The creators didn’t know. ABC didn’t know. Not even David McCall, who had the idea in the first place, knew. Who could have known that those innocent lyrics and simple pictures would burn themselves into the consciousness of a generation considered unfairly by most to be unconscious: Generation X.
But today you can sit at your restaurant table, look up at your thirty-or fortysomething waiter or waitress, say “Conjunction Junction,” and chances are you’ll get the same enthusiastic reply every time: “What’s Your Function?”
It began in the mind of David McCall, then President of McCaffrey and McCall Advertising. While vacationing with his family, he noticed that his son, Davey, who was having more than his share of trouble learning the multiplication tables, could sing any Rolling Stones lyric, line for line. In fact, any rock lyric at all. In one of those flashes of inspiration that occur on a regular basis to successful ad men, Mr. McCall thought that his son might have a better time of rote learning if he had a catchy tune to go with his times tables. It was as simple, and as brilliant, as that.
Back from vacation, Mr. McCall passed on the idea to advertising colleagues George Newall and Tom Yohe. The two struggled to find a jingle writer at the advertising agency who could do the material justice, but got something halfway between the saccharine sweetness of “The Singing Lady” and “Brylcreem, a little dab’ll do ya!” They went outside of the agency and recruited Bob Dorough, a jazz pianist and composer with a penchant for turning mundane subject matter into great music. Mr. Dorough immersed himself in his daughter’s text books, and returned to Mr. Newall and Mr. McCall a few weeks later with “Three is a Magic Number.” Mr. Dorough’s lyrics were so visual that Mr. McCall decided they would make a wonderful educational film. He designed a magician character and drew a storyboard. The account executive of the agency’s biggest account, the ABC Television Network, saw the storyboard and – knowing that ABC was on the lookout for some “pro-social” children’s programming – suggested they take the idea to ABC. A meeting was set up with the network’s young Vice President for children’s programming, Michael Eisner. (Yes, that Michael Eisner.) Mr. Eisner invited the legendary animator Chuck Jones, of “Roadrunner” and “How the Grinch Stole Christmas” Fame, to join the meeting. The demo tape was played and the storyboard presented. At song’s end, Mr. Eisner turned to Mr. Jones and said, “What do you think?” his reply? “Buy it!” Schoolhouse Rock was born.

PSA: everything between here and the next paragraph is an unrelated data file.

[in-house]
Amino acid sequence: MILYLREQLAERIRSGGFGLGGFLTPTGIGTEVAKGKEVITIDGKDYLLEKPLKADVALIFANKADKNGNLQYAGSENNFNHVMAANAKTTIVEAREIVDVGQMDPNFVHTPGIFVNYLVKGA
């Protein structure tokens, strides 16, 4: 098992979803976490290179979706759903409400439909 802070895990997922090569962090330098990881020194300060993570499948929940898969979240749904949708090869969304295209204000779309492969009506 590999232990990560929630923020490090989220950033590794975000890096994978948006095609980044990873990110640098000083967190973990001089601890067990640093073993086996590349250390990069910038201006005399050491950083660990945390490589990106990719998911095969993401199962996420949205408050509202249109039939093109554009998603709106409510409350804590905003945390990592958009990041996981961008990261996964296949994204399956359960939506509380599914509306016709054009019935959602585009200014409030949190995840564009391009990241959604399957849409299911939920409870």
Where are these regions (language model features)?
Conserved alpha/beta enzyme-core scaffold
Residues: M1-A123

The little three-minute capsules appeared as many as seven times each weekend. How does a bill get through Congress? Why is Zero a hero? How many planets are in the solar system? Why are we all “victims of gravity”? These questions, and others, were answered over and over again for 13 continuous years.
According to an article in Indiana University’s Indiana Daily Student, “The Schoolhouse Rock video clips on ABC Saturday Morning television were more than booster shots in grammar, multiplication, American history, and science. for 13 years, the videos were to the ‘baby bust’ (those born from 1965 – 1975) what Howdy Doody was to the baby boom: an icon.” The impact was evidenced when a young Canadian-born woman tracked down George and Tom to tell them she wouldn’t have passed her U.S. Citizenship test without the help of “The Preamble.”
In the early ’90’s enthusiasts began to arise organizing petitions to get ABC to start airing the series again. ABC gave way and started replaying the series in 1995. The videos and CD’s of the cartoons and songs were released to the public, new videos were created and aired, and now stores carry scores of novelty items for the nostalgic in all of us, which brings us to today.